In this, the second of three articles on laundry engineering for healthcare, we look in more detail at the opportunities for achieving good quality healthcare linen, efficiently and on time, by taking the right decisions with equipment selection and the way in which it is operated and maintained.


Washer extractors are generally more expensive to operate than tunnel washers (in terms of energy, water, chemicals and labour), so any plans for the future should take this into account. It is quite possible to achieve the same quality standards and decontamination performance from tunnels as from extractors, provided they are set up and operated correctly. This applies equally to small modern designs of tunnel for the small laundry. Where a laundry is still employing washer extractors to see out their useful life, attention should be paid to follow advice to minimise the operating cost until they can be phased out (see Dec 2020 issue (minimising water costs) and Mar 2022 (minimising energy costs)).

Tunnel washers deliver the highest output at the lowest cost, if they are operated steadily and continuously with the minimum of manual intervention. To achieve this, it is necessary to sequence loads so that there is never a ‘tumbler hold’, whilst the entire washing line idles until a tumble dryer comes free and the press can be cleared to take the next transfer. Modern computer-controlled tunnel programmes are well able to divert work for the ironer to a single tumbler for example, keeping the others for longer, full-dry cycles.

Keeping the tunnel going continuously also requires elimination of frequent recourse to Engineering to solve technical issues. Wherever an issue crops up more than two or three times a week, it is essential that a team gets onto it and removes the cause permanently. This then shapes the preventative maintenance plan for the unit, so that the interruptions disappear entirely. The worst type of recurring issue is unexpected tunnel blockage. This can be caused by accidental feeding of two loads into the front compartment before the first has transferred.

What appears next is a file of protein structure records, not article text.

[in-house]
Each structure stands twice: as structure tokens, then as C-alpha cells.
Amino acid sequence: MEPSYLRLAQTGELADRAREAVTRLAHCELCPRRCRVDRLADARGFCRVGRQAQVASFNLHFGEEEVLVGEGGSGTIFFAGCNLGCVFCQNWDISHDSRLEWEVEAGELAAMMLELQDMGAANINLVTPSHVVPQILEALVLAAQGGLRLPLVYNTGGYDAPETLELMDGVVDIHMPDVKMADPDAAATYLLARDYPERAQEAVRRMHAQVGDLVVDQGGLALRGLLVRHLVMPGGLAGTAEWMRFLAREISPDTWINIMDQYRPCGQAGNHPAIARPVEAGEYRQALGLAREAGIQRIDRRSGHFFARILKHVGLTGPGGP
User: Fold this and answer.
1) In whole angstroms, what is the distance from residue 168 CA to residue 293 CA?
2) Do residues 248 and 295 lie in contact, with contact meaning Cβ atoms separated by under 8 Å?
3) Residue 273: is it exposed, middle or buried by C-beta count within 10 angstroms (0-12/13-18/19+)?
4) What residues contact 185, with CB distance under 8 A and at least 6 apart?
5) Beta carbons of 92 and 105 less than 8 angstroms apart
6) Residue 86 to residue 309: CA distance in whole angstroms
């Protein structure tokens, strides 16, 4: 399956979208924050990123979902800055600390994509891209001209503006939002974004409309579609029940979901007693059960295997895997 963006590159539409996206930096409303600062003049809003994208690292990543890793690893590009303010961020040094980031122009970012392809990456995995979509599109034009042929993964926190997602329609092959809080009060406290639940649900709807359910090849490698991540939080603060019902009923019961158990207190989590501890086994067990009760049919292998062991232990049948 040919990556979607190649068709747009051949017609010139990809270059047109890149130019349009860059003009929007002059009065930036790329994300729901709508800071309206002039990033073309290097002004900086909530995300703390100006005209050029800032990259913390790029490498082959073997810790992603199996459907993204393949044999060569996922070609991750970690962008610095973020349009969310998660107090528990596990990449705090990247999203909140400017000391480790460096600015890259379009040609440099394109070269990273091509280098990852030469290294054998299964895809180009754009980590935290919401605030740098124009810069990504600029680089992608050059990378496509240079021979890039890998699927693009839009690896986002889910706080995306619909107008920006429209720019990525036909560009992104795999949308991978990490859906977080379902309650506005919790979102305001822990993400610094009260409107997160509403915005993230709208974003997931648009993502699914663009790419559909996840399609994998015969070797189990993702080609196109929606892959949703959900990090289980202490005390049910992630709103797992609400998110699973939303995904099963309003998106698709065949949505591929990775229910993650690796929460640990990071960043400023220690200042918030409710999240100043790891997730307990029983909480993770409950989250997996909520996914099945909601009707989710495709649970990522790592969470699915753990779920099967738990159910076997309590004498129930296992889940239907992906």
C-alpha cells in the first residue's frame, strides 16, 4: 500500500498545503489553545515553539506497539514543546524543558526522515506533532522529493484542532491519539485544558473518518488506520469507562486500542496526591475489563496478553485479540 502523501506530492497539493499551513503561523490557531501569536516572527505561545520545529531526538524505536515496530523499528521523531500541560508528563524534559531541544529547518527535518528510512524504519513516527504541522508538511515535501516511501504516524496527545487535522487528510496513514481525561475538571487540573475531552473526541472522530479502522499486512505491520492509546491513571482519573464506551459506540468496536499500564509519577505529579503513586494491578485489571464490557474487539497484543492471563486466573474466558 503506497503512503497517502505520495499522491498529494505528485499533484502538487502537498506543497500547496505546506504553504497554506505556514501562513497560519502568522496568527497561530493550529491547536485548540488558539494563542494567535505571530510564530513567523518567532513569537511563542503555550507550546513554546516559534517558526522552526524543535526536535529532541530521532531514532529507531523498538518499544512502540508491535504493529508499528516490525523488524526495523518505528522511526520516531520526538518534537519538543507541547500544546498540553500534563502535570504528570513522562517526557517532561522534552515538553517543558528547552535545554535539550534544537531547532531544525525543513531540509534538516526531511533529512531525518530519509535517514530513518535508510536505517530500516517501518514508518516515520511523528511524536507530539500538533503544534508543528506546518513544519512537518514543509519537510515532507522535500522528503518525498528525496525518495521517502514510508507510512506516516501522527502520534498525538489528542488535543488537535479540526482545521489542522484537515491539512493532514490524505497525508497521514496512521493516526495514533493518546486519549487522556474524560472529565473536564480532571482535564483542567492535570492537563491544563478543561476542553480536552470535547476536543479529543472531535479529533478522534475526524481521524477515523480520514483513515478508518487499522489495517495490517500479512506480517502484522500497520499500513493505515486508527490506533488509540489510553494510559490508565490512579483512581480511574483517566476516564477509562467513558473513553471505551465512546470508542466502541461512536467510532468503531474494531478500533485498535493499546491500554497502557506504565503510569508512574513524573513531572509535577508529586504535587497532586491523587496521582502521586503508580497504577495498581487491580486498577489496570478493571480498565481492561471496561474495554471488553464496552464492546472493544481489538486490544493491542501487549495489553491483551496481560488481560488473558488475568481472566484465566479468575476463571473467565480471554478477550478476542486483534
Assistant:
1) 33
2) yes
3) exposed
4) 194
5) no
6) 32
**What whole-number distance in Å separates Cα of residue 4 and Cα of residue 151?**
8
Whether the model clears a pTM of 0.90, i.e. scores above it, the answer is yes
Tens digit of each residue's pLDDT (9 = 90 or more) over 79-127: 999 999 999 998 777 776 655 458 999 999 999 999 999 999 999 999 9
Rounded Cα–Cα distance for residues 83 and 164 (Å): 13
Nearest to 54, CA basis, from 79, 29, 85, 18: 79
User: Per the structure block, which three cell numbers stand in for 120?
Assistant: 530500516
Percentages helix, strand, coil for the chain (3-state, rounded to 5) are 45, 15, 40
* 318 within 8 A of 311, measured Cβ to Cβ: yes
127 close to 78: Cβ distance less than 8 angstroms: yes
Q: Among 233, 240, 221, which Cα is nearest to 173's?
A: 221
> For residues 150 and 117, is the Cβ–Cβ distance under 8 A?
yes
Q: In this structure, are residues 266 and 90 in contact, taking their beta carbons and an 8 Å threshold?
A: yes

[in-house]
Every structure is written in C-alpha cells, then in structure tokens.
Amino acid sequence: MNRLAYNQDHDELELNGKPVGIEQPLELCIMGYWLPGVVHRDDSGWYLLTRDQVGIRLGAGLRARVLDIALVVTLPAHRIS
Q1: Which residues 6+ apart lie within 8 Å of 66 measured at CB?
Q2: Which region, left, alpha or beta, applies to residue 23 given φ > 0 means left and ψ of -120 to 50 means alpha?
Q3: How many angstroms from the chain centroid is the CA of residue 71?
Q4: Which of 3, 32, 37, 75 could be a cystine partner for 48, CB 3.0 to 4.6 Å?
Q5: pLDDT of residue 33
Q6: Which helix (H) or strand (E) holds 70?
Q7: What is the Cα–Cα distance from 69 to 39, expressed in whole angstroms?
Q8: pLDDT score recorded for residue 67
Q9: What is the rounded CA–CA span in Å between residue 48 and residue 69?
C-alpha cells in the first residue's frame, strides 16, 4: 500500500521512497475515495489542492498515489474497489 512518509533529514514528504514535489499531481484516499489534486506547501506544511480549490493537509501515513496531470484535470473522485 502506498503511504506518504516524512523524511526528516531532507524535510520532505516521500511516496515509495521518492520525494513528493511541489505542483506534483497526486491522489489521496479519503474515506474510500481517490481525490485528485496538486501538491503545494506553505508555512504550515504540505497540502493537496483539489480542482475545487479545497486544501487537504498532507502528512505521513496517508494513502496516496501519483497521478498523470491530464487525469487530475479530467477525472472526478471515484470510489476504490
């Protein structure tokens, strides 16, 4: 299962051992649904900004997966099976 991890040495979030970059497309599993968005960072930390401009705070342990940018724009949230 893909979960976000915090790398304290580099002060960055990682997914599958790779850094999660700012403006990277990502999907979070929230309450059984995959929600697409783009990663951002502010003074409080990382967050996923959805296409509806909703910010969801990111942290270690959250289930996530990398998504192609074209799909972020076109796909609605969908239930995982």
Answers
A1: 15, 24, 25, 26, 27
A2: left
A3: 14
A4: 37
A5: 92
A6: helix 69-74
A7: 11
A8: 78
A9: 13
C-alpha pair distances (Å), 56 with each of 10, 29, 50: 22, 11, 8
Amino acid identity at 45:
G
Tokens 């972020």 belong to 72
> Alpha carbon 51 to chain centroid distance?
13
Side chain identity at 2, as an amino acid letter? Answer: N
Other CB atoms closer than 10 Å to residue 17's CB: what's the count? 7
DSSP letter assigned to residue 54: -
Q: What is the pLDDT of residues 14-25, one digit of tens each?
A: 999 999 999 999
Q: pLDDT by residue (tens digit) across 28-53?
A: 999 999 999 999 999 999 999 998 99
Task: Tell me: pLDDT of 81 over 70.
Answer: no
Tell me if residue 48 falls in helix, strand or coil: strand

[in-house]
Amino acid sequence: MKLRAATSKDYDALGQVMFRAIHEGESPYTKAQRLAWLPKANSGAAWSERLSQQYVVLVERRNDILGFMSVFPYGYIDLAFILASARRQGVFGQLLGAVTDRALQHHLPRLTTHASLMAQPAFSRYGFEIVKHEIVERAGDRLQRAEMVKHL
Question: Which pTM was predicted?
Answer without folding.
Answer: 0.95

Where a healthcare laundry is operating only one tunnel, with pre-wash sorting, and whites and coloured sharing this, then it may prove impossible to avoid putting a run of empty pockets after a run of coloureds. It is worth getting the cost accountant to calculate accurately the annual cost of this in terms of wasted water, energy and chemicals, because this might accelerate the decision to operate with at least two tunnels. Until then, the high cost of running empty pockets can be minimised by batching-up loads of coloureds so that there are only one or two changes to whites during the shift or even the day – even though this might not be easy and may require significant changes elsewhere.


For healthcare textiles and increasingly hospitality and workwear items, cleanliness and presentation have to be accompanied by assured disinfection. For many years, implied thermal disinfection (holding a wash temperature of at least 71C for at least 3 minutes plus mixing time) was deemed adequate for achieving a 5 log10 kill (that is reducing the concentration of viable micro-organisms by a factor of at least 100,000). Modern thinking is rapidly challenging the adequacy of this (because, for example, an overloaded washer extractor might show 71C in the sump but could demonstrably fail to reach this in the centre of the load).

The European Norme EN 14065:2016 is achieving widespread adoption, because this allows a variety of disinfection techniques, but requires the laundry to institute adequate checks to assure that disinfection is consistently achieved. It overcomes the shortcomings of implied thermal disinfection and equally importantly, it allows for chemical disinfection. This can reduce at one stroke the increasingly high cost of energy requirements of the old methods and makes a very significant contribution to combatting climate change. Validation of disinfection can be carried out by batch, daily or weekly ,in-house, by engineering and production staff using a variety of methods. Less frequent checks use swabbing of finished goods and laundry surfaces (especially laundry barrows, for example), to produce swabs which can be analysed for key pathogens. There are special control test pieces which the laundry can process once through the main wash process, followed by laboratory analysis, which give the log reduction in micro-organisms that has actually been achieved.

All this has led to wash temperatures coming down towards 40C, which has offered significant benefits in quality and presentation of staff uniforms, with reduced creasing in the wash. It is also leading to phasing out of the central boiler on many plants, with this being replaced by direct gas firing of tumble dryers and gas-fired thermal oil heaters local to the ironers.

Moisture removal